Yesterday, we reported that Apple recently surpassed Google as the world’s most valuable brand. Now, as Google announces their music service as direct competition to Apple’s iTunes and approaching launch of iCloud, it appears the competition in the tech titan battle is heating up.
In a report released today, Apple has surpassed Google as the world’s most valuable brand. Apple is reportedly now worth $153 billion, de-thronging Google who held the rank for 4 consecutive years. The report, released today by BrandZ, who conducts a study of the world’s top 100 brands each year, was released in London, U.K., where WebiMax recently
Apple’s world renowned product portfolio includes the iPh
On Friday, Apple reportedly filed for lawsuit against Samsung for “copyright infringement” in the development and production of their Galaxy tablet and phones. Apple is seeking punitive damages which could certainly be a whole lot, since their Galaxy products have generated over 11 million units sold since their release last year.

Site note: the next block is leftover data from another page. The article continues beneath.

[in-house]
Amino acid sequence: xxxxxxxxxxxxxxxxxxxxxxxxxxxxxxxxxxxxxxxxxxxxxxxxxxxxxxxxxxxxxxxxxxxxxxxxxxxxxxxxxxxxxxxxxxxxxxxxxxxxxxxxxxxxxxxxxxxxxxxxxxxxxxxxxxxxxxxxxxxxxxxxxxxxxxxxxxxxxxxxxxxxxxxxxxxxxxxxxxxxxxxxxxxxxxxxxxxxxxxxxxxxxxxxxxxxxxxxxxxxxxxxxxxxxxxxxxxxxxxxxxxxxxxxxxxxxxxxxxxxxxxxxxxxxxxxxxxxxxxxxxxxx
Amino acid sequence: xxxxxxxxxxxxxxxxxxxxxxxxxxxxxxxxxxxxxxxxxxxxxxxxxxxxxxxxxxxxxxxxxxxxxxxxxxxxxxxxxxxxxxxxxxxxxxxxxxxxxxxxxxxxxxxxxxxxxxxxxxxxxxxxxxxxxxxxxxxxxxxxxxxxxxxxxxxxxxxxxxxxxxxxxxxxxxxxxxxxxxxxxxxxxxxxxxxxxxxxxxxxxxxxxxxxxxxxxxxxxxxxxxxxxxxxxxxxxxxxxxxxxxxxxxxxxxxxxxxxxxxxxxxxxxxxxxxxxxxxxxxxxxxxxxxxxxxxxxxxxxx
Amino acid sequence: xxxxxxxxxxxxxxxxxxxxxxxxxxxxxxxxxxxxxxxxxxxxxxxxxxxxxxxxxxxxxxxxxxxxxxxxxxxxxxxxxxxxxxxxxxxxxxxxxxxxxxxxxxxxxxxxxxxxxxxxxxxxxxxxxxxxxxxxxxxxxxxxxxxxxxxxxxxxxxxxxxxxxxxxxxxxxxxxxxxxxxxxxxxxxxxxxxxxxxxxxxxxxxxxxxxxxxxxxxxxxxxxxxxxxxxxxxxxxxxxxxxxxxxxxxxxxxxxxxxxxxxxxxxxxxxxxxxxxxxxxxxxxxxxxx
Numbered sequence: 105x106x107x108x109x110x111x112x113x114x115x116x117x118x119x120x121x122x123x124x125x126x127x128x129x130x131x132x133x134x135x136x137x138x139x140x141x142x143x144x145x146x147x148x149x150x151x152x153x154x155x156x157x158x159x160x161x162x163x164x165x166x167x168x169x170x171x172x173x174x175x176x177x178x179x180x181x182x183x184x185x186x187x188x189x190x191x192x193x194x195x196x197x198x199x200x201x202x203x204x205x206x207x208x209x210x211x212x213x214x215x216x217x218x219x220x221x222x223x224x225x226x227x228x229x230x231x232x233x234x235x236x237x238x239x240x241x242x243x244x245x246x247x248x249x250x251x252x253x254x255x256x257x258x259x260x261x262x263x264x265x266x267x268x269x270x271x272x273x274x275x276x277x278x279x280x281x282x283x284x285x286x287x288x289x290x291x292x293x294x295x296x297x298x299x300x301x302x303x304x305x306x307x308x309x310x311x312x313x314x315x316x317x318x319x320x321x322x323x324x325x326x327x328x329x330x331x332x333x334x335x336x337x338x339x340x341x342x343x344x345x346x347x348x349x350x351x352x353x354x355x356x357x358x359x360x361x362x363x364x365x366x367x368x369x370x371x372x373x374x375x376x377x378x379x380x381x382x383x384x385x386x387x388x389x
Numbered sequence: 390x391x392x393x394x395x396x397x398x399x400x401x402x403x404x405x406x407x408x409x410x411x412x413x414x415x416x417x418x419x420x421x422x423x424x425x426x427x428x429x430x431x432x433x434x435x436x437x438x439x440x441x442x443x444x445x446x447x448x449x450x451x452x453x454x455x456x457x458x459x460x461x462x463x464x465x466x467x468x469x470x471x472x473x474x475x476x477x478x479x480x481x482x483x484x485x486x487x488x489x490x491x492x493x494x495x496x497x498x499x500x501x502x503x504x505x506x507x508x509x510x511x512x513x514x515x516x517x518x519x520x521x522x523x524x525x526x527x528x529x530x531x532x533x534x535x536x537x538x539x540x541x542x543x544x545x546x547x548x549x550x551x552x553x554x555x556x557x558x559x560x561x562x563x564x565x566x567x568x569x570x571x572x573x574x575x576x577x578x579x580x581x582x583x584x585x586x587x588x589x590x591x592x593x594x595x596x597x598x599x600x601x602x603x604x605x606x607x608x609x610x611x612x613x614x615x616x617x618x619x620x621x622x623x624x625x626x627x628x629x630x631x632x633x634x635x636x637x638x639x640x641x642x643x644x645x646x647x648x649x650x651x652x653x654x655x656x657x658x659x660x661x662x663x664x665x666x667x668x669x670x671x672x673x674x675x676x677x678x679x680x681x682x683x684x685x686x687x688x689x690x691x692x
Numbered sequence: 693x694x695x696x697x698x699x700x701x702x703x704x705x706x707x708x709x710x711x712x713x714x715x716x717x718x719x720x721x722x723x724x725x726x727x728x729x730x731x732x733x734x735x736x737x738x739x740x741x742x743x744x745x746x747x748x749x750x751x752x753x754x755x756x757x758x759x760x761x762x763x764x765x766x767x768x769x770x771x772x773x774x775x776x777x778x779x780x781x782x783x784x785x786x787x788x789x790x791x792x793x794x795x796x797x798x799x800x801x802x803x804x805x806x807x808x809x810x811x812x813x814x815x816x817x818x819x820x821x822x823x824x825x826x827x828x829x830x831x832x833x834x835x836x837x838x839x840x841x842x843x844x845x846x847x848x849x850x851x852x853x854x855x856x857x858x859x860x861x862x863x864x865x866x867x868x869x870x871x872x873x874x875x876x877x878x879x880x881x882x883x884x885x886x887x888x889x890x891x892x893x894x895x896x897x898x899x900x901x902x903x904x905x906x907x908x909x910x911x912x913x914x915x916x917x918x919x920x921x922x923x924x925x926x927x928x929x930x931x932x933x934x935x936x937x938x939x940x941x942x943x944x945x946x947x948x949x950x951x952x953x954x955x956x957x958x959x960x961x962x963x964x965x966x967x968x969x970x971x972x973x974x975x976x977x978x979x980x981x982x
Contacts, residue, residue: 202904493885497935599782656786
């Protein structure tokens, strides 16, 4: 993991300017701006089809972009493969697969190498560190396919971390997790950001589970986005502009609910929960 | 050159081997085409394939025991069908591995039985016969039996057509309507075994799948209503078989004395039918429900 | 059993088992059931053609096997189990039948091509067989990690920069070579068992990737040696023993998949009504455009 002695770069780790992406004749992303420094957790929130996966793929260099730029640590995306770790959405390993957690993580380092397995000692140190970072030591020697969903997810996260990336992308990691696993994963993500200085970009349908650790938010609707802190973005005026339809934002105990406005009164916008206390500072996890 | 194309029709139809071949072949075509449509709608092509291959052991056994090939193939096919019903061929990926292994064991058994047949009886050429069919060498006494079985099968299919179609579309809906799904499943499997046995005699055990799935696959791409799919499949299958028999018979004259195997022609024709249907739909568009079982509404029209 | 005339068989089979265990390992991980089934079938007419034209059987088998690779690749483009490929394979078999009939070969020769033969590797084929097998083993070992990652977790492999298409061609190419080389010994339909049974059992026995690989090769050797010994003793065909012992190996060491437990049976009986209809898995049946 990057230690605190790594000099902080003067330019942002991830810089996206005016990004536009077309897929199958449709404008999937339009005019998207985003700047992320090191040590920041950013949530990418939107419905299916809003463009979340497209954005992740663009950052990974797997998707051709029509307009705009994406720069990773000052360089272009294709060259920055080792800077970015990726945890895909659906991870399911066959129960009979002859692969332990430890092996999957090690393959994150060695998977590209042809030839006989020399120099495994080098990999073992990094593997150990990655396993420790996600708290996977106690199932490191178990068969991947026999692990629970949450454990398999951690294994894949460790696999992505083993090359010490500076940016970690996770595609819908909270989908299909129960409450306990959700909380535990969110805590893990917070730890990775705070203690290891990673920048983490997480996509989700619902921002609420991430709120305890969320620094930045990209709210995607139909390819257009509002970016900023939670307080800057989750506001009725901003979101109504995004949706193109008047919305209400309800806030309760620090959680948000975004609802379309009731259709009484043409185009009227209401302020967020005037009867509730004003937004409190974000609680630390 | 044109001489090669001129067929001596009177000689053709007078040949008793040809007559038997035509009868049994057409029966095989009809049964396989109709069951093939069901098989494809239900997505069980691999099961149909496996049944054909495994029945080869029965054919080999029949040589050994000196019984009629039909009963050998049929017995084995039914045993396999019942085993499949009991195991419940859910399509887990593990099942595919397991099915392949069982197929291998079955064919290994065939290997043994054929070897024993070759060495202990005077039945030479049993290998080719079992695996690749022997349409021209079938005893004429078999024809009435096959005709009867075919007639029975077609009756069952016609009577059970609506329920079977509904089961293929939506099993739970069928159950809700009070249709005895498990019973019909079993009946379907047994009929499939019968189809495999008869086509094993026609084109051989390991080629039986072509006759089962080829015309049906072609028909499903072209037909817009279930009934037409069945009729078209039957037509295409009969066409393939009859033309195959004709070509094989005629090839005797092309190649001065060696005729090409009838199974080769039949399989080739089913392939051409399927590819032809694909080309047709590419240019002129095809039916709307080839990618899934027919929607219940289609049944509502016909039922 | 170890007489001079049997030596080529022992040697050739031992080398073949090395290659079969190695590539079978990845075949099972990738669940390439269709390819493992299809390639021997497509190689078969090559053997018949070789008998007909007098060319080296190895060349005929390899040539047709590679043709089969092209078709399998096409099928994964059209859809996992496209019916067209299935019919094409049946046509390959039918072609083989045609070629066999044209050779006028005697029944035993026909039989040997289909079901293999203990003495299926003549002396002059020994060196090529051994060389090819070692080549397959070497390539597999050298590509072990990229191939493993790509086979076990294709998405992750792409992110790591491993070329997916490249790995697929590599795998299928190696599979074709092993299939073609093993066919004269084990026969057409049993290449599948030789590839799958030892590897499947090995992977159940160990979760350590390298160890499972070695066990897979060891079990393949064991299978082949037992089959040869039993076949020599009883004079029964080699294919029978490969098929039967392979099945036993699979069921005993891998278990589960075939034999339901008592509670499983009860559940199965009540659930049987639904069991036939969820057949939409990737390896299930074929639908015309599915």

Although Samsung’s products are Android based, Apple feels as though they infringe on their iPad patents, and they claim that the Galaxy phone resembles the iPhone too much.
Apple has not officially released (nor has the courts) the amount of damages they are seeking in their suit, but experts are suggesting that Apple may tell Samsung to pull their devices off of the market.
Kristin Huguet, a spokeswoman for Apple Inc., said that “We need to protect Apple’s intellectual property when people steal our ideas”.
More information to follow as story develops. In the meantime, let us know if you’ve used the android based Galaxy, is it better than the iPad tablet?